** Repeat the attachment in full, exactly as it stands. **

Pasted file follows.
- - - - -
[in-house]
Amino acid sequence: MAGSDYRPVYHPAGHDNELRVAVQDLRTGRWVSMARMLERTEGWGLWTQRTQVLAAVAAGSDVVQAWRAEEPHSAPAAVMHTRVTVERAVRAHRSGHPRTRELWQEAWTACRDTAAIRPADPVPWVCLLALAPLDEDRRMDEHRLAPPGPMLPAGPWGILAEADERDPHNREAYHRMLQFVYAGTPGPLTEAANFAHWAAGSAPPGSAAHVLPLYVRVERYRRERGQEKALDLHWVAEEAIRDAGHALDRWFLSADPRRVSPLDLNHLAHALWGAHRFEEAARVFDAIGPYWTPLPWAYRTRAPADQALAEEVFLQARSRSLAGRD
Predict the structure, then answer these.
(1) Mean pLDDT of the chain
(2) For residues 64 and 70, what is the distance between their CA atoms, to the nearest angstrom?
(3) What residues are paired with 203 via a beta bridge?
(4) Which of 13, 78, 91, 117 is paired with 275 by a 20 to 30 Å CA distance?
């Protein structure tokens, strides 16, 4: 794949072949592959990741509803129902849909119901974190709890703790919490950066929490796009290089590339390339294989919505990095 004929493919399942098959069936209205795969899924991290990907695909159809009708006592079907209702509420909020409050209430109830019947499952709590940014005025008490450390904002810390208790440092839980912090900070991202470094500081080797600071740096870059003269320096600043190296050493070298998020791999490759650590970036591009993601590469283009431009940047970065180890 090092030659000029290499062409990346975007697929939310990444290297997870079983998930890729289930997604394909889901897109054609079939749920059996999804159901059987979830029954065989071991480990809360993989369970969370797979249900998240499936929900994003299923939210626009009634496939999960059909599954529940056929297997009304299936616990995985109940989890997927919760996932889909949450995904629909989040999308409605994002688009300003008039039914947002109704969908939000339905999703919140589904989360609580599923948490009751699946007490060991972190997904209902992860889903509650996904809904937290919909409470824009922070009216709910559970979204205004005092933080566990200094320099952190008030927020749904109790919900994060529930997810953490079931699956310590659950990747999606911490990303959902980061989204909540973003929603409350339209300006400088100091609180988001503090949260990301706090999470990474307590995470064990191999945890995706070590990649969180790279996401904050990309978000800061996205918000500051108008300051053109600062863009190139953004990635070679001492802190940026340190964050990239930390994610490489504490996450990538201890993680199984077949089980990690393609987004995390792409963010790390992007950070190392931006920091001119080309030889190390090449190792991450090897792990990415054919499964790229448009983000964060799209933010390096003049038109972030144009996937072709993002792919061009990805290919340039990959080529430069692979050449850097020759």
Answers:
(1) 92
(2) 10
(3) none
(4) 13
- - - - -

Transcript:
[in-house]
Amino acid sequence: MAGSDYRPVYHPAGHDNELRVAVQDLRTGRWVSMARMLERTEGWGLWTQRTQVLAAVAAGSDVVQAWRAEEPHSAPAAVMHTRVTVERAVRAHRSGHPRTRELWQEAWTACRDTAAIRPADPVPWVCLLALAPLDEDRRMDEHRLAPPGPMLPAGPWGILAEADERDPHNREAYHRMLQFVYAGTPGPLTEAANFAHWAAGSAPPGSAAHVLPLYVRVERYRRERGQEKALDLHWVAEEAIRDAGHALDRWFLSADPRRVSPLDLNHLAHALWGAHRFEEAARVFDAIGPYWTPLPWAYRTRAPADQALAEEVFLQARSRSLAGRD
Predict the structure, then answer these.
(1) Mean pLDDT of the chain
(2) For residues 64 and 70, what is the distance between their CA atoms, to the nearest angstrom?
(3) What residues are paired with 203 via a beta bridge?
(4) Which of 13, 78, 91, 117 is paired with 275 by a 20 to 30 Å CA distance?
């Protein structure tokens, strides 16, 4: 794949072949592959990741509803129902849909119901974190709890703790919490950066929490796009290089590339390339294989919505990095 004929493919399942098959069936209205795969899924991290990907695909159809009708006592079907209702509420909020409050209430109830019947499952709590940014005025008490450390904002810390208790440092839980912090900070991202470094500081080797600071740096870059003269320096600043190296050493070298998020791999490759650590970036591009993601590469283009431009940047970065180890 090092030659000029290499062409990346975007697929939310990444290297997870079983998930890729289930997604394909889901897109054609079939749920059996999804159901059987979830029954065989071991480990809360993989369970969370797979249900998240499936929900994003299923939210626009009634496939999960059909599954529940056929297997009304299936616990995985109940989890997927919760996932889909949450995904629909989040999308409605994002688009300003008039039914947002109704969908939000339905999703919140589904989360609580599923948490009751699946007490060991972190997904209902992860889903509650996904809904937290919909409470824009922070009216709910559970979204205004005092933080566990200094320099952190008030927020749904109790919900994060529930997810953490079931699956310590659950990747999606911490990303959902980061989204909540973003929603409350339209300006400088100091609180988001503090949260990301706090999470990474307590995470064990191999945890995706070590990649969180790279996401904050990309978000800061996205918000500051108008300051053109600062863009190139953004990635070679001492802190940026340190964050990239930390994610490489504490996450990538201890993680199984077949089980990690393609987004995390792409963010790390992007950070190392931006920091001119080309030889190390090449190792991450090897792990990415054919499964790229448009983000964060799209933010390096003049038109972030144009996937072709993002792919061009990805290919340039990959080529430069692979050449850097020759």
Answers:
(1) 92
(2) 10
(3) none
(4) 13